THE BAWDY RENAISSANCE, NO COPIES IN THE US

Commento di Ser Agresto da Ficaruolo.

[Rome?, Antonio Blado?,] 1538.

£5,250

FIRST EDITION? 8vo. ff. 56. Italic letter, little Roman. Small, amusing woodcut of female genitalia as Medusa. Light age yellowing, t-p and a few ll. slightly thumbed, the odd faint small water mark, mostly marginal, a couple of tiny wax stains to fol. 53. A very good, well-margined copy in C18 Italian red goatskin, marbled pastedowns, bordered with gilt single rule and gilt leafy curls and circles with rosettes, gilt Greek key design to inner edges, gilt pointillé to outer corners of fore-edge. Spine in seven compartments with gilt fleurons, minor loss at head, a couple of tiny holes at foot, joints a bit worn.

Very good copy of this scarce first edition (?) of a successful and hilarious work which epitomises the bawdy intellectualism of the Italian Renaissance. Annibale Caro (1507-66) studied ‘humanae litterae’ and philosophy in Florence, spent some time in Venice where he met the controversial author Pietro Aretino, and later moved to Rome where he joined the Accademia dei Vignaioli. Best known for his translation of the ‘Aeneid’, Caro also published some bawdy poems which turned Aretino’s strongly graphic sexual language into a humanist intellectual game in the style of the Roman author Bernia. The ‘Commento’ is a scholarly disquisition by Ser Agresto (Caro’s persona) on the ‘Ficheide’ or ‘Ficaide’, an unpublished fictional poem by Padre Siceo (the author Francesco Maria Molza). Its theme is the half- literal/half-metaphorical concept of ‘fico’ (fig tree or fruit, and here male genitalia) and ‘fica’—a feminine form which troubled, according to Agresto, even great philologists like Valla—normally unrelated to fruit and signifying ‘female genitalia’ in its most vulgar sense.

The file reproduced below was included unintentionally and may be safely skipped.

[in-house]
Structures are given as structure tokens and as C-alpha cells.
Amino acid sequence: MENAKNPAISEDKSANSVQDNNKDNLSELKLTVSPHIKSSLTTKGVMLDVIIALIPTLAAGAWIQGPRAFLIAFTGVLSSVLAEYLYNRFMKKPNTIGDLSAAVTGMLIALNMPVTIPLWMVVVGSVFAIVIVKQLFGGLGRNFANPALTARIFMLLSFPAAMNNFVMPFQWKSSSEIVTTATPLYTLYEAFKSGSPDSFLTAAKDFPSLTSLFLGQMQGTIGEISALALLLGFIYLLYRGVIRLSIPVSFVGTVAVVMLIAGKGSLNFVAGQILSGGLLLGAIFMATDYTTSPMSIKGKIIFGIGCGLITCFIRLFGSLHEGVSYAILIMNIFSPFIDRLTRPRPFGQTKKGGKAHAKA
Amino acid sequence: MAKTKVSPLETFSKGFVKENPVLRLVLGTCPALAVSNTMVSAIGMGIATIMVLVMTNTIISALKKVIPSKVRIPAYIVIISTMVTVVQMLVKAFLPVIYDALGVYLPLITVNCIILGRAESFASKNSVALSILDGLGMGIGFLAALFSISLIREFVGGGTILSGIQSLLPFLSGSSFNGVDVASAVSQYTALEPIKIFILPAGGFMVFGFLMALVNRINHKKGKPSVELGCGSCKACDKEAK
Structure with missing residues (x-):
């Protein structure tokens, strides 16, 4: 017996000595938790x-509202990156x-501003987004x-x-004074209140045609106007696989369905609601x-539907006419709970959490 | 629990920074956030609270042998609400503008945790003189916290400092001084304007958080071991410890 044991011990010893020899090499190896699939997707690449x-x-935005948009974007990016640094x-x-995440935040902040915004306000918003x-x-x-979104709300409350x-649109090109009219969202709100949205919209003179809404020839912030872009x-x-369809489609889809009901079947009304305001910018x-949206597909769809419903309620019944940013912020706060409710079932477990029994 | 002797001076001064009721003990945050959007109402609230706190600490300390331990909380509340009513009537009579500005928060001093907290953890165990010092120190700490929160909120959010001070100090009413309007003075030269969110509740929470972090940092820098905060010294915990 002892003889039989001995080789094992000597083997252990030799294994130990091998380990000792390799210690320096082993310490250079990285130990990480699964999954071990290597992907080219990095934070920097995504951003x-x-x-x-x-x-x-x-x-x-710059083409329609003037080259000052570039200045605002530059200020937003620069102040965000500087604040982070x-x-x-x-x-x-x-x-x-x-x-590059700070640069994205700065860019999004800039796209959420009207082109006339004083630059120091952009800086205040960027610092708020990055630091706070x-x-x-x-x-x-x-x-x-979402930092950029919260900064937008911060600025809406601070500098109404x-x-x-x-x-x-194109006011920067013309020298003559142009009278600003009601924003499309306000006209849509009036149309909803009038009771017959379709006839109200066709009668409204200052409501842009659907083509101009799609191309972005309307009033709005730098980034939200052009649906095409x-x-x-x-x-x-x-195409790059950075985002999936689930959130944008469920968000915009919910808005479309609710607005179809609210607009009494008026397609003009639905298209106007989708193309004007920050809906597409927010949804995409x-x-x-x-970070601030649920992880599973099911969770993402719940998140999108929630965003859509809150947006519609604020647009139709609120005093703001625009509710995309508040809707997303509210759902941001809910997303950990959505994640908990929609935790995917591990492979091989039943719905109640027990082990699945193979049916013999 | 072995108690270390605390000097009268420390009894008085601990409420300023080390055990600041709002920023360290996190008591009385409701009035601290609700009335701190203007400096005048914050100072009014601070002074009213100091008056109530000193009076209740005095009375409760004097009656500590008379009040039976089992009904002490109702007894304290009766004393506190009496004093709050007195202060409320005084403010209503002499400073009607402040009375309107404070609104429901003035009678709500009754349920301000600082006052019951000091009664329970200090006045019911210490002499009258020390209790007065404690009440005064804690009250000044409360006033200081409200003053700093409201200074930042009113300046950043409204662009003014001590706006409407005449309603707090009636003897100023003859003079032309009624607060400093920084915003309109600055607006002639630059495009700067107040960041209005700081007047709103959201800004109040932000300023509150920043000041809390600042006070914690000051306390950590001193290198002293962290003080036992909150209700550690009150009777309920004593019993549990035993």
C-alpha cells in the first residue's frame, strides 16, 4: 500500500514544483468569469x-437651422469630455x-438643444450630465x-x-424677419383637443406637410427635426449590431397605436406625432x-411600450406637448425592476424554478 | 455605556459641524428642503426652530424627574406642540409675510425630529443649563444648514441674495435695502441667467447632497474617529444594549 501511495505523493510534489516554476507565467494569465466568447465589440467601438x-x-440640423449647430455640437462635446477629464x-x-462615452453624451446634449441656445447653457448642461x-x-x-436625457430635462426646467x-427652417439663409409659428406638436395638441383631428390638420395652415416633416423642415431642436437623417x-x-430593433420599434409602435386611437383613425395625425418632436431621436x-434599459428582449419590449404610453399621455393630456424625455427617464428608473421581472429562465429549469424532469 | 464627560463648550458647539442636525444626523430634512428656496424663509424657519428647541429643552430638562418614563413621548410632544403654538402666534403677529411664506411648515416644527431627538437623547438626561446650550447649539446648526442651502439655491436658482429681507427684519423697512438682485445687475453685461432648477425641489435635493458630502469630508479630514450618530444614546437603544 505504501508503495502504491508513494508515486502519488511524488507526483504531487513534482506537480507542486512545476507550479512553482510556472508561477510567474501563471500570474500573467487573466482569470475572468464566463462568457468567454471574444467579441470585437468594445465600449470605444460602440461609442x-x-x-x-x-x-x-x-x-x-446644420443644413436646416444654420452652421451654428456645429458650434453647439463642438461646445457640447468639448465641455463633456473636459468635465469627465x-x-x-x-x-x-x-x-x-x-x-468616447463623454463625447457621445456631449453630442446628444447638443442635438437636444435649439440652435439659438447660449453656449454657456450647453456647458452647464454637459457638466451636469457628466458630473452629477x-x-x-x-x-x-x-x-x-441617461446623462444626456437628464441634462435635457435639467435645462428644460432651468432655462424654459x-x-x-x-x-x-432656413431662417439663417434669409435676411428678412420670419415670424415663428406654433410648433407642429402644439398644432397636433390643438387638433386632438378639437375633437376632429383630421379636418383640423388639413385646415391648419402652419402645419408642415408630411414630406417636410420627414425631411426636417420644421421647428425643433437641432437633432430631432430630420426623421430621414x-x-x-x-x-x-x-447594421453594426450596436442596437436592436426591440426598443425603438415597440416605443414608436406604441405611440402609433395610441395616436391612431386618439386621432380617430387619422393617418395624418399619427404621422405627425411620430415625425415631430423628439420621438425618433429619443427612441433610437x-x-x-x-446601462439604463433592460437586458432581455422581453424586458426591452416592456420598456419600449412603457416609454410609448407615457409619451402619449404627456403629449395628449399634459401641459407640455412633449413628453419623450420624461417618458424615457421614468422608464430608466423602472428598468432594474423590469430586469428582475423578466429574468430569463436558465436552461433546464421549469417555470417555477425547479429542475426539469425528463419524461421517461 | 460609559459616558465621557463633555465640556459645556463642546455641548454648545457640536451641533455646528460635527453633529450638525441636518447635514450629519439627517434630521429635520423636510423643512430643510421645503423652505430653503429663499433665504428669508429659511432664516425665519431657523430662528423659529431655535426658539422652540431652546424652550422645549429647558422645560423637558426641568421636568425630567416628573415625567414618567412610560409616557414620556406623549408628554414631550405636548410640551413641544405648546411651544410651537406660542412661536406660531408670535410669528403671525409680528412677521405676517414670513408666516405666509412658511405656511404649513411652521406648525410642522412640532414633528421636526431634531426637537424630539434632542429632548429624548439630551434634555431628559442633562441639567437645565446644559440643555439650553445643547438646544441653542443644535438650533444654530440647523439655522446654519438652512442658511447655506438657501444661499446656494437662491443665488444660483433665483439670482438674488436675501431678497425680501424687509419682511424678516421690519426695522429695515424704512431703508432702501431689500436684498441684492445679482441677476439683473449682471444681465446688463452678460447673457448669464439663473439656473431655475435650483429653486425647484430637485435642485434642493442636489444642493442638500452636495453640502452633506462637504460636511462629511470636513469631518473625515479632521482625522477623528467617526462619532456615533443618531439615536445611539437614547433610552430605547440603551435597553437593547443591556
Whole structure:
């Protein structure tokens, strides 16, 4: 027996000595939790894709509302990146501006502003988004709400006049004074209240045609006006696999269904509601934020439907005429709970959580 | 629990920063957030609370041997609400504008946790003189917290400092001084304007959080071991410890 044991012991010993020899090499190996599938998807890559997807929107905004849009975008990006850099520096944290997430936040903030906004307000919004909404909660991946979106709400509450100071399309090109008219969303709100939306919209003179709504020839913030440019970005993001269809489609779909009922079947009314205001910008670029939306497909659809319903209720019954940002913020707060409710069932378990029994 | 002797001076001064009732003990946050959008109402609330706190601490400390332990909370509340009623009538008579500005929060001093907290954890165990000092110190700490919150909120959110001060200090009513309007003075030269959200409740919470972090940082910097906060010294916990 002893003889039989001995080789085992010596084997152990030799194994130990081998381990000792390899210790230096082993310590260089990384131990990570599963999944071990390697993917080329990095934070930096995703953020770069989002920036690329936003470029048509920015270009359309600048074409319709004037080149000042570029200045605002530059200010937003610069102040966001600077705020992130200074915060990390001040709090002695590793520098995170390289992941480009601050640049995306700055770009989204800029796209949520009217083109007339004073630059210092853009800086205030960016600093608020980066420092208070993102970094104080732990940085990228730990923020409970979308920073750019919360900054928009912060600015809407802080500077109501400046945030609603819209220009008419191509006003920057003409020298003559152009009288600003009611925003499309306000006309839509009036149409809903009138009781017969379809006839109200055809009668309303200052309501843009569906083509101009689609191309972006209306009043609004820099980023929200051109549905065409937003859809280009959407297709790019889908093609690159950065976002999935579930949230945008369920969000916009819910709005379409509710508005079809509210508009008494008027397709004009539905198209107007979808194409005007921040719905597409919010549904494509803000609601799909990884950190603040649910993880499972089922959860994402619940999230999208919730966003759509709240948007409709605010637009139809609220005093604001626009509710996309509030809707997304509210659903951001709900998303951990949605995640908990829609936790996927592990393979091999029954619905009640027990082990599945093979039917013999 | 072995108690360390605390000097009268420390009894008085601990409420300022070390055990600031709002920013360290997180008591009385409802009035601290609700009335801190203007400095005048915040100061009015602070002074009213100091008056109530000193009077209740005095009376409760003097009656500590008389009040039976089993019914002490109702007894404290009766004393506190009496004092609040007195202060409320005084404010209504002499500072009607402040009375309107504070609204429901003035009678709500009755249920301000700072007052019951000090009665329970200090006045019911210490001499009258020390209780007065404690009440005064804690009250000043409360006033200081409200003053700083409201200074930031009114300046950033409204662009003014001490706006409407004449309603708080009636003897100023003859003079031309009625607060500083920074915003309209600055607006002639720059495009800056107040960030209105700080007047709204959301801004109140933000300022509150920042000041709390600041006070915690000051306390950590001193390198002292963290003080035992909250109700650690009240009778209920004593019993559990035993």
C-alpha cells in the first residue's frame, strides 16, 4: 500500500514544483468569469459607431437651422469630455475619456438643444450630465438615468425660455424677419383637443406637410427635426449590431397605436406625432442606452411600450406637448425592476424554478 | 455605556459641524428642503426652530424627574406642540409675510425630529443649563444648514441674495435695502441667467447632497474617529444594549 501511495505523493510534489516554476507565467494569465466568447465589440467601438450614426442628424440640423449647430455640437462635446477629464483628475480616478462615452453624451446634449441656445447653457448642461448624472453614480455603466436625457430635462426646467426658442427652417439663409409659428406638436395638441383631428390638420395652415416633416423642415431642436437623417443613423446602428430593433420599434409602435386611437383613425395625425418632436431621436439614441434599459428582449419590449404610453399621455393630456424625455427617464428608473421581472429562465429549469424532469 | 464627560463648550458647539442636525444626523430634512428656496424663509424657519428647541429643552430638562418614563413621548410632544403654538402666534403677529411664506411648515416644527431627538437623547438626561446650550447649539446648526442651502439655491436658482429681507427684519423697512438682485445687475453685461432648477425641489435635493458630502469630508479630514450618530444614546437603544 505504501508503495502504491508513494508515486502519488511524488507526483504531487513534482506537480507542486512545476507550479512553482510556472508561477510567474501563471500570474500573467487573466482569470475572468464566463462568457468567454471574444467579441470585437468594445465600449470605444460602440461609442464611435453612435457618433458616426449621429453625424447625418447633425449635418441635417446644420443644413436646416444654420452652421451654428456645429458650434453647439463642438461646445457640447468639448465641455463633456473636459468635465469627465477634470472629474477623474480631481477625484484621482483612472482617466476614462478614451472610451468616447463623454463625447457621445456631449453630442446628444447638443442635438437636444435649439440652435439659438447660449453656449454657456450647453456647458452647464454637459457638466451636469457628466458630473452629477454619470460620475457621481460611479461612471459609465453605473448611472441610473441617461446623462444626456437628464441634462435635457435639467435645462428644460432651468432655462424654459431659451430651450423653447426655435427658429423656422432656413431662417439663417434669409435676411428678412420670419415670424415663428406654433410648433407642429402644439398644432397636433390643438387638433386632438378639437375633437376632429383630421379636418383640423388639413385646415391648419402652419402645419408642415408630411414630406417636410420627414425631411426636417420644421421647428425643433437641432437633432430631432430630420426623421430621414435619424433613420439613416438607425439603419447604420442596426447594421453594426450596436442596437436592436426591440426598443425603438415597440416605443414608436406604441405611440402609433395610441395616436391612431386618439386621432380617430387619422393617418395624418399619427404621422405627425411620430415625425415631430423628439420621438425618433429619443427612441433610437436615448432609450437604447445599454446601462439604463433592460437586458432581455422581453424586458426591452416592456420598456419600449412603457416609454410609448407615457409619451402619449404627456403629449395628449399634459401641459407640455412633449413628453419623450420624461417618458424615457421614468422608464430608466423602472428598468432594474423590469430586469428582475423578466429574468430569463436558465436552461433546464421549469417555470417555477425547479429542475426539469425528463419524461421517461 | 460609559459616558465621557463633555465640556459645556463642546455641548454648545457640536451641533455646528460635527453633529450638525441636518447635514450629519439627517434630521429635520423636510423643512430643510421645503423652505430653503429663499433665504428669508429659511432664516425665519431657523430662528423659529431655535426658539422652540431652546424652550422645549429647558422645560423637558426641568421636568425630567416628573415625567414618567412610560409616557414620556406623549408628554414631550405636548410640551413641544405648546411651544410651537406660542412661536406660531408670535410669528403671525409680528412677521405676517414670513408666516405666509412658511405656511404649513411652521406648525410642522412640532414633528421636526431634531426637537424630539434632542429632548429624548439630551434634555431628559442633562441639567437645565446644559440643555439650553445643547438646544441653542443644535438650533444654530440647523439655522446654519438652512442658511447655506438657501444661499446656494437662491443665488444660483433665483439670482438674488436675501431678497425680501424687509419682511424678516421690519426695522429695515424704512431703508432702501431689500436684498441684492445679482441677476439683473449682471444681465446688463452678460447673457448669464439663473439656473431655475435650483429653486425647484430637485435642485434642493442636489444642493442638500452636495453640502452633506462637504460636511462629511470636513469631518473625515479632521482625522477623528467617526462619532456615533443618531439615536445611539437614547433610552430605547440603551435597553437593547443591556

Whilst rejecting the ‘Petrarchistic’ and ‘Boccacistic’ language in favour of plain Tuscan, within a world in which laureate poets are crowned with fig leaves, the work explores through philology, etymology, rhetoric and literature the ‘hermaphrodite’ dimension of ‘fico’/‘fica’. This is identified as a quasi-Aristotelian principle of generation and the essence of Nature and all sublunary matter which philosophers had long researched. It is a tour-de- force of doubles entendres (bordering on tongue-in- cheek Malapropisms) whereby nouns, adjectives and verbs continuously flesh out the concepts of penetrating, coming, spreading, fondling, sucking and licking. As explained in a ‘revised’ Virgilian passage, Carthage was destroyed by Aeneas’s ‘fico’ and Dido’s ‘fica’; similarly, Homer’s war of Troy—the Italian ‘troia’ meaning ‘prostitute’—was started by Helen’s ‘fica’. The commentator also reports dialogues with Lombard workers who answer that the sweetest thing is certainly the ‘figa’—a regional variation still used as a common, not necessarily too vulgar exclamation in Milanese dialect. Eventually, after hearing a Florentine gentleman wishing for a ‘fica’ so big he might enter it in his mantel, hood and all, Agresto yearns for a political utopia in which the ‘great minds leading our Republics’ may learn, like this gentleman, to maintain their civilisation and master its greatness.

This 1538 octavo edition, which ends with ‘Nasea’, another work by Ser Agresto focusing on the noses of the great, bears no information on the printer or place of publication. As suggested by the initial printer’s dedication, it was probably published, like another 1538 octavo edition, by Antonio Blado (Barbagrigia) in Rome, but no priority has been established. The ‘Commento’ was printed four times; later it became part of a collection of bawdy works including Aretino’s ‘Ragionamenti’, also published in London in 1584.

Rare. No copies recorded in the US.

USTC 819039; Brunet I, 1589: ‘ouvrage fort licencieux’; Graesse I, 43 ; Gay I, 635. Not in BM STC It, Gamba or Bernoni.

L2839